After Kenneth Colston’s inclusion of The Betrothed, by Alessandro Manzoni, during his talk at the 2015 Portsmouth Institute conference, I put the book on my reading list. The relevance to the conference was Pope Francis’s saying in an interview that he had read the book three times and was preparing for a fourth reading. “Manzoni gave me so much,” he said.
One chapter in, the novel has given me some hope that Manzoni placed a light bulb in the pope’s mind on a topic for which it may prove very important to have light in the coming years. With the narrative set in northern Italy, just under the Alps, at around the time that the Pilgrims were settling in to their new home across the Atlantic Ocean, the civic culture that Manzoni describes gives the impression of a fully formed variation of a type of tyranny that is hardening anew in our own age:
… We do not mean that there was any lack of laws with penalties directed against private acts of violence. There was a glut of such laws in point of fact. The various crimes were listed and described and detailed in the most minute and long-winded manner. The penalties were of insane severity, and as if that were not enough, they were almost invariably subject to augmentation at the whim of the magistrate himself, or of any one of a hundred subordinate officials. …
… If [the proclamations] had any immediate effect, it lay principally in the addition of many new harassments to those which the pacific and the weak already suffered from their tormentors, and an increase in the violence and the cunning shown by the guilty; for their impunity was an organized institution, and had roots which the proclamations did not touch, or at least could not shift. There were places of asylum; there were privileges attached to certain social classes, which were sometimes recognized by the forces of the law, sometimes tolerated in indignant silence, and sometimes disputed with empty words of protest. …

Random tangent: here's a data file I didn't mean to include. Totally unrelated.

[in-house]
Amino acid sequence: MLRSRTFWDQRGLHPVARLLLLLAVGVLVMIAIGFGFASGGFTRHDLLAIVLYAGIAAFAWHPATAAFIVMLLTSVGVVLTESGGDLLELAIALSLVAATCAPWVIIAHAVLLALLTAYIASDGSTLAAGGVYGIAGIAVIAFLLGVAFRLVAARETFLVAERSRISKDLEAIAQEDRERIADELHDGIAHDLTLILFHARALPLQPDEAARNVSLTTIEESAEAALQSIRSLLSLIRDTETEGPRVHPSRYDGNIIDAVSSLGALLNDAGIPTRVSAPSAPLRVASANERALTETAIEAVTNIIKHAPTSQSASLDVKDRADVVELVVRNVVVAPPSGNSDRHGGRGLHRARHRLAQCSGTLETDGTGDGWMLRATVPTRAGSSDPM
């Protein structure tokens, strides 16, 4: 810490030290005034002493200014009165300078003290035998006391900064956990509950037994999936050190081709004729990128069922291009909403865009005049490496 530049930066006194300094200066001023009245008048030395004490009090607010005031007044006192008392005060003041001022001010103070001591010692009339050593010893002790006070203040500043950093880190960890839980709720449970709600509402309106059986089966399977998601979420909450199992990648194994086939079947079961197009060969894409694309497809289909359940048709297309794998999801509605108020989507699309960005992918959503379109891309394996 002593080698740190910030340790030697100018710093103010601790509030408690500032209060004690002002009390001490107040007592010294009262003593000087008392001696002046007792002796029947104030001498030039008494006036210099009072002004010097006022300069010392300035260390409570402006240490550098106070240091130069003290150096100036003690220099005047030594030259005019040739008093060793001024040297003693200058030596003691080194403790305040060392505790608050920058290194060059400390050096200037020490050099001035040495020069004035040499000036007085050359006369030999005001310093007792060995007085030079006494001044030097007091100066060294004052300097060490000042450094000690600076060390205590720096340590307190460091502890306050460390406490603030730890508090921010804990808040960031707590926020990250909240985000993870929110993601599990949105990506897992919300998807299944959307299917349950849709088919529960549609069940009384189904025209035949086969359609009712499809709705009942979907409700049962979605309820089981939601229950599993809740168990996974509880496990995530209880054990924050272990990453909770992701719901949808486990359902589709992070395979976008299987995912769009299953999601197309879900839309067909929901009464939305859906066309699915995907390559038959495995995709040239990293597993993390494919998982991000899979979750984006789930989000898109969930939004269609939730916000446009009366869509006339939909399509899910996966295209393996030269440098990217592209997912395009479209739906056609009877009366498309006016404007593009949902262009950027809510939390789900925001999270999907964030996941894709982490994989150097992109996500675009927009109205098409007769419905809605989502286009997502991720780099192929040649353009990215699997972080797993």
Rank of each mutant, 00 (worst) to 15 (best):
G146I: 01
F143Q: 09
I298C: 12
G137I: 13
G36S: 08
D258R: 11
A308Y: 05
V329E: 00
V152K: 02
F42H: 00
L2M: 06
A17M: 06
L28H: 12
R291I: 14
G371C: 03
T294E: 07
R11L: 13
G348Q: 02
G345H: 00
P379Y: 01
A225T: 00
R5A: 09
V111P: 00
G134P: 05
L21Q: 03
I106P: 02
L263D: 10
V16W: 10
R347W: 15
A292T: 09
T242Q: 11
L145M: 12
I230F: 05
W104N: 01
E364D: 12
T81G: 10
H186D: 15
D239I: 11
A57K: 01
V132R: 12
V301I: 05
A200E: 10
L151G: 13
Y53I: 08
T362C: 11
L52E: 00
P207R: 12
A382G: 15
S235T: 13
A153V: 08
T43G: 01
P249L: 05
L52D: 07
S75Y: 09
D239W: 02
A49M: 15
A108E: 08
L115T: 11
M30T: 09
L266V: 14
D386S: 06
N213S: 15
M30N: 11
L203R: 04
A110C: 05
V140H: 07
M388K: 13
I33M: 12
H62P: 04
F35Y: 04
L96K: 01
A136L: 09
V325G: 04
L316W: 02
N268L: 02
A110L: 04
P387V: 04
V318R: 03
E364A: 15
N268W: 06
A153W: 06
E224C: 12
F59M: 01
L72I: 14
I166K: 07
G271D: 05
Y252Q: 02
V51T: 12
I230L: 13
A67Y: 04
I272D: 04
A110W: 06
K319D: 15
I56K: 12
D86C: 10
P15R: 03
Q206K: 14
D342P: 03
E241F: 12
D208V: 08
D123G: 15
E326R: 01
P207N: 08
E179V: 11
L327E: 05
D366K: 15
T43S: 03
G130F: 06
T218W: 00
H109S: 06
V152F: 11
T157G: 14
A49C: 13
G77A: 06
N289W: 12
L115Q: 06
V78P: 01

… With the appearance of each proclamation designed to repress men of violence, those concerned searched among their practical resources for the most suitable fresh methods of continuing to do what the edicts prohibited.
What the proclamations could do was to put stumbling-blocks in the way of simple folk, who had no special power of their own nor protection from others, and harass them at ever step they took. For the proclamations were framed with the object of keeping everybody under control, in order to prevent or punish every sort of crime; and so they subjected every action of the private citizen to the arbitrary will of all kinds of officials.
This perspicuous observation applies to any number of issues, particularly those near and dear to the hearts of progressives, including among others campaign finance, environmental regulation, and general economic/business policy.